Human error uncovered in PCOS forensic tests

By Ryan Chua, ABS-CBN News

Posted at Jun 05 2010 10:05 PM | Updated as of Jun 06 2010 06:42 AM

MANILA, Philippines - Instead of signs of fraud, errors possibly committed by members of the board of election inspectors (BEI) were uncovered when the forensic examination of precinct count optical scan (PCOS) machines found at a poll technician's house resumed at the Senate on Saturday.

Ten boxes containing the machines were opened on Saturday morning to check if PCOS machines and their components are complete, and whether or not they have been tampered with.

Losing presidential candidate Nicanor Perlas, one of those who actively pushed for the investigation, noted a number of problems with the way PCOS units were packed after voting.

A PCOS machine used at a clustered precinct in Inuman Elementary School, for instance, does not have both the main compact flash (CF) card and its back-up. While the main memory card should be in the Comelec's custody, the back-up card must be sealed inside the machine. The back-up memory contains an encrypted copy of election results and a log of the machine's activities.

The back-up CF card of another PCOS machine from the same polling center was found in a plastic bag, not inside the machine.

"Baka pagod sila (They might have been tired)," Perlas said, referring to BEI members during the close of voting when they are supposed to carefully pack the machines.

Human error

Aside from this, one machine does not have any of the two i-button security keys used to start the PCOS. Most of the thermal papers do not have a Comelec seal while a printed election return, which was supposed to have been delivered to its recipient, was found inside a PCOS box.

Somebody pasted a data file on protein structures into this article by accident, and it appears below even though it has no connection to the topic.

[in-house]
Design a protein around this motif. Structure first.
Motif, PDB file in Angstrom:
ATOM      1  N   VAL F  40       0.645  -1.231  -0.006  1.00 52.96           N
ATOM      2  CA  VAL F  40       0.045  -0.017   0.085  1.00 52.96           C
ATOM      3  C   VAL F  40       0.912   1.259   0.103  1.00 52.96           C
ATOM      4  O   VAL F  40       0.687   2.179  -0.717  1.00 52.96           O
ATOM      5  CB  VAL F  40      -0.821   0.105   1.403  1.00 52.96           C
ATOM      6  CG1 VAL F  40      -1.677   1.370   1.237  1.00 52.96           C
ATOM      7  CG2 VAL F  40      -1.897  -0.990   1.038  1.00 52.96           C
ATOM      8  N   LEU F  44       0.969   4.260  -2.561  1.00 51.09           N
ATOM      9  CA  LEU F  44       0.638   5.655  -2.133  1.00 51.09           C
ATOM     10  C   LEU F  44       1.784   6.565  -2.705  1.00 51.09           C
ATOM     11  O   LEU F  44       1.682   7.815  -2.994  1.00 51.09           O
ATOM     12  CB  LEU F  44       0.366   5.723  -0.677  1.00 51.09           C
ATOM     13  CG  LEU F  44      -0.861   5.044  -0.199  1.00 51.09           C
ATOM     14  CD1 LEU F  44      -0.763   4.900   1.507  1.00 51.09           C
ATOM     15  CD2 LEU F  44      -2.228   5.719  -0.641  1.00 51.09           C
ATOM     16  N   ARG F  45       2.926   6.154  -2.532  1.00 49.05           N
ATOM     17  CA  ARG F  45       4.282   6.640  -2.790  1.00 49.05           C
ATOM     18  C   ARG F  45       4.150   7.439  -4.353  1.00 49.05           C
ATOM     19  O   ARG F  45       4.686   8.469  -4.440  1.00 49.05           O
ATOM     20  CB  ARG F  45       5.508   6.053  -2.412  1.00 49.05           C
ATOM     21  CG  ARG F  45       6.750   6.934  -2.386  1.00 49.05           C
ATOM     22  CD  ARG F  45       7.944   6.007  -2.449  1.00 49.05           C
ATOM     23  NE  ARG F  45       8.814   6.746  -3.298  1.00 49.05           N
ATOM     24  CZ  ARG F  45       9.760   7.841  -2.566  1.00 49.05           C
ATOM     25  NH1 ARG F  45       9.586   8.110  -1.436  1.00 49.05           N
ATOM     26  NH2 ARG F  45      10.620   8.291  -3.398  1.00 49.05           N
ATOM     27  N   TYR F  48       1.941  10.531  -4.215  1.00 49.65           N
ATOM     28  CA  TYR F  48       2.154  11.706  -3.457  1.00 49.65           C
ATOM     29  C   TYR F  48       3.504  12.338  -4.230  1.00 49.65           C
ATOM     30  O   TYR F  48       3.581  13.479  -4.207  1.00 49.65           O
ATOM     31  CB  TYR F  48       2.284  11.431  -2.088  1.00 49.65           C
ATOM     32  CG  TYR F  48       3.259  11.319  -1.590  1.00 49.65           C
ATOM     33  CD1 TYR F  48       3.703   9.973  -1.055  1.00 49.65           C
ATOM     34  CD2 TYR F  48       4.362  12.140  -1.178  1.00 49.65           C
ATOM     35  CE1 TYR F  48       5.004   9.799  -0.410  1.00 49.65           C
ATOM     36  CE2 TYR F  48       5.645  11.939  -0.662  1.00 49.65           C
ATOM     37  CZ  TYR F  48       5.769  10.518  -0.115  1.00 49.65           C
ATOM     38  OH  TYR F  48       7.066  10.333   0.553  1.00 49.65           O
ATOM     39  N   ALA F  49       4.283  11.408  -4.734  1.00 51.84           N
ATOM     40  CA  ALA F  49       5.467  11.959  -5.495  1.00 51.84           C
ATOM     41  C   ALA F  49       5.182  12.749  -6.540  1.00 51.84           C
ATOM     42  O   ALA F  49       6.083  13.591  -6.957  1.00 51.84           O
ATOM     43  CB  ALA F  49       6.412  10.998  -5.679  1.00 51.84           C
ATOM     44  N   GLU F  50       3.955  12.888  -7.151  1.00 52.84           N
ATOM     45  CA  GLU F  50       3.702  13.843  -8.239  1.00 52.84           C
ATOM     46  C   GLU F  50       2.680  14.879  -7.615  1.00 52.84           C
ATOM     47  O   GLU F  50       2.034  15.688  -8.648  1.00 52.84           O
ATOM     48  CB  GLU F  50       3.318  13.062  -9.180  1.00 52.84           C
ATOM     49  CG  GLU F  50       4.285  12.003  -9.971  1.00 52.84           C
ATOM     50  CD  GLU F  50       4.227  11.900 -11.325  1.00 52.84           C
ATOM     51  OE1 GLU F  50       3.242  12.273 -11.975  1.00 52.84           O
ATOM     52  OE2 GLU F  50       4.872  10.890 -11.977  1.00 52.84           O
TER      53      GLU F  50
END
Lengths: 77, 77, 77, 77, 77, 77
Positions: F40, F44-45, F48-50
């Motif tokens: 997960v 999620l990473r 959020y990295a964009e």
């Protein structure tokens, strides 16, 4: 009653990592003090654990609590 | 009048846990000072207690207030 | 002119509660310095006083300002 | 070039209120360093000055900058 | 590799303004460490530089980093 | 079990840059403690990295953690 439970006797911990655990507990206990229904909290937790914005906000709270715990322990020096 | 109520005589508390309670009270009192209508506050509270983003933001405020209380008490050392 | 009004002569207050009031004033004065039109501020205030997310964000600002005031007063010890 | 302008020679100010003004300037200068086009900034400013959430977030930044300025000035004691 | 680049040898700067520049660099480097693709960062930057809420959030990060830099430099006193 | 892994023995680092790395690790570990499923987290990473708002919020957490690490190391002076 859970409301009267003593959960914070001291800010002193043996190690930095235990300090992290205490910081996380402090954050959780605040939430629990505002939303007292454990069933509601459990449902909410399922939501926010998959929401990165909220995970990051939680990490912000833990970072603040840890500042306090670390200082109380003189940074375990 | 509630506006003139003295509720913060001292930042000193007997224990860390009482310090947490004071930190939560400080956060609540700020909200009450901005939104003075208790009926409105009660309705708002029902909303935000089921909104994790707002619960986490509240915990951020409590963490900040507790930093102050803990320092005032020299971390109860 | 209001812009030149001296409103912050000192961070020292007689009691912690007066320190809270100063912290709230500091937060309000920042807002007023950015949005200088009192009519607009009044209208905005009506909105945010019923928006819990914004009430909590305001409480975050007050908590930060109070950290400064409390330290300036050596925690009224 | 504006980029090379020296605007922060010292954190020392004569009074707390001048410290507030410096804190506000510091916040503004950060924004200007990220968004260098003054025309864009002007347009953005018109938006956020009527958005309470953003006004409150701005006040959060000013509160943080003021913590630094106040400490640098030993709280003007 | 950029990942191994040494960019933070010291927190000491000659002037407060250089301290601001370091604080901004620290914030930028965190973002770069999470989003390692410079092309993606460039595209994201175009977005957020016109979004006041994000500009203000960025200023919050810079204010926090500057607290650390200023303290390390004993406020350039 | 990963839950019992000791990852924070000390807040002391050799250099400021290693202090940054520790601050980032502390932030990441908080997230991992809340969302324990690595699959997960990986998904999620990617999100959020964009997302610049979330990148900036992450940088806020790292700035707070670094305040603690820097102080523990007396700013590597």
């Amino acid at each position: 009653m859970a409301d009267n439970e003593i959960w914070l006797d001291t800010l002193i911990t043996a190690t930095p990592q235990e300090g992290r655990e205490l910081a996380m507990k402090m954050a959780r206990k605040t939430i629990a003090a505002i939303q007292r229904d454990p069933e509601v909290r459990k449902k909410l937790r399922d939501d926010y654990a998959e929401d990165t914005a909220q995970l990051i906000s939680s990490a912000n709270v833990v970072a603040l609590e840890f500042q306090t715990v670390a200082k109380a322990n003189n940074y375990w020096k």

"This thing was rushed," Perlas said of the post-voting procedures. "At the level of the precinct, ito na ang lumalabas (This is what comes out)."

Heider Garcia, electoral systems manager of poll automation supplier Smartmatic, believes the errors found should not be a cause for alarm because these are "simple human errors."

"We can only tell here that they didn't follow the procedure," he said.

Garcia said those problems are already beyond Smartmatic's control, and suggested that the BEI members themselves be asked to shed light on them.

He maintained that the investigation has so far yielded no proof of fraud.

CF card audit

Perlas said the errors could be indications of fraud, but added that he would rely more on the results of the CF card audit.

Along with the PCOS inventory, IT experts from Laggui and Associates are analyzing the contents of the back-up memory cards, which they copied to their computers. Smartmatic insists, however, that the files may only be accessed using facilities at its warehouse in Cabuyao, Laguna because they are encrypted.

The Joint Congressional Canvassing Committee ordered the forensic investigation to check for hidden components inside the recovered PCOS machines, which some candidates suspect could have been used for fraud. The 60 machines were found at the house of a Smartmatic technician named Felipe de Leon in Antipolo City 8 days after the elections, when they should have been returned to the Cabuyao warehouse.

The technician has denied allegations of fraud, saying he only did his job of protecting the machines after the local Comelec office refused to keep them.

On the first day of the forensic examination on Friday, IT experts said they found nothing suspicious inside the machines.

Whether fraud is proven or not, however, Senate President Juan Ponce Enrile has said the probe will not affect the canvassing of votes for president and vice president.